The Great Wall
(Ireland, 72 min.)
Dir. Tadhg O’Sullivan
As political borders become increasingly fortified—both physically, as in the case of the border separating Europe and Africa, and symbolically (think of the power that the image of a fully fortified U.S.–Mexican border held for supporters of Trump during the recent presidential election)— the opposing forces of borders and migration (and their cousin, surveillance) continue to grow in prominence as themes in contemporary art. In RIDM’s festival line-up, which included at least a half dozen films dealing with the topic of Afro-European migration, and numerous others about crossings of different borders, Irish director Tadhg O’Sullivan’s The Great Wall provoked curiosity for its unique conception: a documentary film about the migrant crisis and the fortification European borders, based on a 1917 story by Franz Kafka (“The Building of the Great Wall of China”).
Despite the nearly 100 years lapse in time between its text (consisting entirely of excerpts from Kafka’s story) and visual component, the film sounds a deep resonance between the two, the more powerful for its historical reach. Moving between various locales on both sides of the border, the images alone disclose a reality that is by no means secret, but which is given a different kind of force and weight by not being explicated (“X number of African migrants attempt to cross over into Europe each day; X number survive,” etc.) or treated as a narrative in a typical documentary style. Instead, the superimposition of Kafka’s tale (which favours the descriptive rather than the story elements) invites encounters between the fictional and the real that momentarily lift the images out of their definite historical (i.e., documentary) space and into the conceptual space of Kafka’s fiction, while removing none of their impact as visual documents of an unsettling contemporary reality.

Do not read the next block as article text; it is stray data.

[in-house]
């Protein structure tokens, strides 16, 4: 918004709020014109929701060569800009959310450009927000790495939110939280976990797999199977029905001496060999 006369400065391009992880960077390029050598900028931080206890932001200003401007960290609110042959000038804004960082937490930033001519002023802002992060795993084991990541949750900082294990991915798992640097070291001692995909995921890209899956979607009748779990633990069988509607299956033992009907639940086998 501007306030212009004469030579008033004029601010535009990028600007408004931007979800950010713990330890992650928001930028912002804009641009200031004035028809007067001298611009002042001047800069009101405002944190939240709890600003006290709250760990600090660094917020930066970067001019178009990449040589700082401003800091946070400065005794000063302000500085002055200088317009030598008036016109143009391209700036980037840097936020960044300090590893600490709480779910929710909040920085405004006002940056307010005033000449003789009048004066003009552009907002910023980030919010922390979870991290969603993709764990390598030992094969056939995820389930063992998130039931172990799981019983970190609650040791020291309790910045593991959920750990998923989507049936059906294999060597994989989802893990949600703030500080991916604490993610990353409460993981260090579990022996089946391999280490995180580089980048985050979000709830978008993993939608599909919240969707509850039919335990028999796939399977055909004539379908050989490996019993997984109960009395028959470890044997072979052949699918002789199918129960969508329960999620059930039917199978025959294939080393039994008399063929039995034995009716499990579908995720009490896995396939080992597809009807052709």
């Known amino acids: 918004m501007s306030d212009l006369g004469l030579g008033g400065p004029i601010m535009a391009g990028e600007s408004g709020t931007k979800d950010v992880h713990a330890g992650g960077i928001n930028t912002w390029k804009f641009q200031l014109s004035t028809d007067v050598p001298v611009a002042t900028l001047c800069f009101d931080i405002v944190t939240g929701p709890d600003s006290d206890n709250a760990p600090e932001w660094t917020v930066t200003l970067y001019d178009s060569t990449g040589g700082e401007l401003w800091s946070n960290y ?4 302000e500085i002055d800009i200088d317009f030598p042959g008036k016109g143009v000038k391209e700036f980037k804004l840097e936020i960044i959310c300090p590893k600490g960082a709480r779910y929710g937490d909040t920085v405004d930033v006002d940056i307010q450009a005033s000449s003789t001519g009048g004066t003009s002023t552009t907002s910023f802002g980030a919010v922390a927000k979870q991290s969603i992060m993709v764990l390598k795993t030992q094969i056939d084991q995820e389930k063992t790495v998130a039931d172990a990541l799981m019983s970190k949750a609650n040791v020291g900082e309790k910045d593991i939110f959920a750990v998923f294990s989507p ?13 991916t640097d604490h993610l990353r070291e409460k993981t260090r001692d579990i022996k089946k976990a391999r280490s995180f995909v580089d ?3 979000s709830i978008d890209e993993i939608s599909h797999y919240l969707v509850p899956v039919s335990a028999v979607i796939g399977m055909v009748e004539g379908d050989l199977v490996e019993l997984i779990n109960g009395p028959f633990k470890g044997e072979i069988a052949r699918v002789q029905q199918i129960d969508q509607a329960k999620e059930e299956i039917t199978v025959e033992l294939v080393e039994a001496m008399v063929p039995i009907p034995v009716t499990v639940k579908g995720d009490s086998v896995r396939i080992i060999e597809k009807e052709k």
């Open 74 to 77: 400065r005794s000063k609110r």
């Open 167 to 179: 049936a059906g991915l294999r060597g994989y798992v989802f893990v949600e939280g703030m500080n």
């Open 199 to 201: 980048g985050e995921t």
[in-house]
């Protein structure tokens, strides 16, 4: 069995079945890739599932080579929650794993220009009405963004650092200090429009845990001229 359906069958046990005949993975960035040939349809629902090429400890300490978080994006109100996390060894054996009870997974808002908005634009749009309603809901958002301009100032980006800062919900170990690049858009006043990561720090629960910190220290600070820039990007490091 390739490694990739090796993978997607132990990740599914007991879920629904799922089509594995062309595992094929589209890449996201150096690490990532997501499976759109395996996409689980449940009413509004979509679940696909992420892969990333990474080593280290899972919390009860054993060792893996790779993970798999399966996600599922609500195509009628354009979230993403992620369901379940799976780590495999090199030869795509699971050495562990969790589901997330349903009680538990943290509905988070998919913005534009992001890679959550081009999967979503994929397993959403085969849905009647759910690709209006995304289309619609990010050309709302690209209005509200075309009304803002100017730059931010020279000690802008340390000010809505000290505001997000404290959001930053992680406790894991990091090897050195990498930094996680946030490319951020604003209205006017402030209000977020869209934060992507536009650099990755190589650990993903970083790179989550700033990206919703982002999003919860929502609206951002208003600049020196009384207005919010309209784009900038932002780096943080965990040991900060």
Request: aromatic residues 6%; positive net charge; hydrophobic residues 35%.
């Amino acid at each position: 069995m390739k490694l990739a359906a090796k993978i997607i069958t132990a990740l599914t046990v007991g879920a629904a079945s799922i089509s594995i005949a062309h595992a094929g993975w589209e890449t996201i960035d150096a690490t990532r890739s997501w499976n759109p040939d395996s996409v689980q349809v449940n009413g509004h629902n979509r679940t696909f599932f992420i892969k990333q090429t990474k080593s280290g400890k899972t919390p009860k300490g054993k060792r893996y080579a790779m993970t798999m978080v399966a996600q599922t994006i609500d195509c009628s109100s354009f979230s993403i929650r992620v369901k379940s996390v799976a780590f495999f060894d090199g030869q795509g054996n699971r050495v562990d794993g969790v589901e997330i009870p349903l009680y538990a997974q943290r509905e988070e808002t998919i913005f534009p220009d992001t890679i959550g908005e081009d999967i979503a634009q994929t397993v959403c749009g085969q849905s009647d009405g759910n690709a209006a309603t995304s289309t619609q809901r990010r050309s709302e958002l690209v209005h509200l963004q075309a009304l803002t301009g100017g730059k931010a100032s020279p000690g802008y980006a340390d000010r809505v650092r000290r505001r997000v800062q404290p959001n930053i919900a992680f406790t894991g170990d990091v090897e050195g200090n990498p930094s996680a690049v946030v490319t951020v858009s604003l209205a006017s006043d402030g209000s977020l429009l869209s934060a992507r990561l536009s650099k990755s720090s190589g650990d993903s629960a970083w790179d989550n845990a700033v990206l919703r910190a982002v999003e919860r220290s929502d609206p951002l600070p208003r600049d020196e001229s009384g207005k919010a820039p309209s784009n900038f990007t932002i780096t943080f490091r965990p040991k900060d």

Despite being essentially an experimental feature, the film drew large audiences, though the reaction was difficult to gauge, and was certainly not unanimously positive. It’s slow-paced, and requires an open attentiveness to the space between text and image. But one need only be willing to give it that attention to recognize a work of both political relevance and aesthetic significance.